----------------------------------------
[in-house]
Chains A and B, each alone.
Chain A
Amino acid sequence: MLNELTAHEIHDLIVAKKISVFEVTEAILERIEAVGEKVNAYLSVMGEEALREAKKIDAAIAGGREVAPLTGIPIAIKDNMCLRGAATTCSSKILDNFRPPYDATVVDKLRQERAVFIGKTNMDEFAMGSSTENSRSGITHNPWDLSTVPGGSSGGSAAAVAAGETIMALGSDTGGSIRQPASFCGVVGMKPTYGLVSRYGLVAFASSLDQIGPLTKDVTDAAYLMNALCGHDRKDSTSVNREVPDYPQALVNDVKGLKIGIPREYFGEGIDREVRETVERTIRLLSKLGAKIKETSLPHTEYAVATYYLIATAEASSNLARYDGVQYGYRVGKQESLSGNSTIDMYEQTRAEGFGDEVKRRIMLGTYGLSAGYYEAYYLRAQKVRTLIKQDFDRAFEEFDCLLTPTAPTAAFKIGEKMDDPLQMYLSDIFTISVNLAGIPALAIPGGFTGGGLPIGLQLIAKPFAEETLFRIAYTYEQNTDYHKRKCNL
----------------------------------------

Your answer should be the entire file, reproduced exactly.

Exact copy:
[in-house]
Chains A and B, each alone.
Chain A
Amino acid sequence: MLNELTAHEIHDLIVAKKISVFEVTEAILERIEAVGEKVNAYLSVMGEEALREAKKIDAAIAGGREVAPLTGIPIAIKDNMCLRGAATTCSSKILDNFRPPYDATVVDKLRQERAVFIGKTNMDEFAMGSSTENSRSGITHNPWDLSTVPGGSSGGSAAAVAAGETIMALGSDTGGSIRQPASFCGVVGMKPTYGLVSRYGLVAFASSLDQIGPLTKDVTDAAYLMNALCGHDRKDSTSVNREVPDYPQALVNDVKGLKIGIPREYFGEGIDREVRETVERTIRLLSKLGAKIKETSLPHTEYAVATYYLIATAEASSNLARYDGVQYGYRVGKQESLSGNSTIDMYEQTRAEGFGDEVKRRIMLGTYGLSAGYYEAYYLRAQKVRTLIKQDFDRAFEEFDCLLTPTAPTAAFKIGEKMDDPLQMYLSDIFTISVNLAGIPALAIPGGFTGGGLPIGLQLIAKPFAEETLFRIAYTYEQNTDYHKRKCNL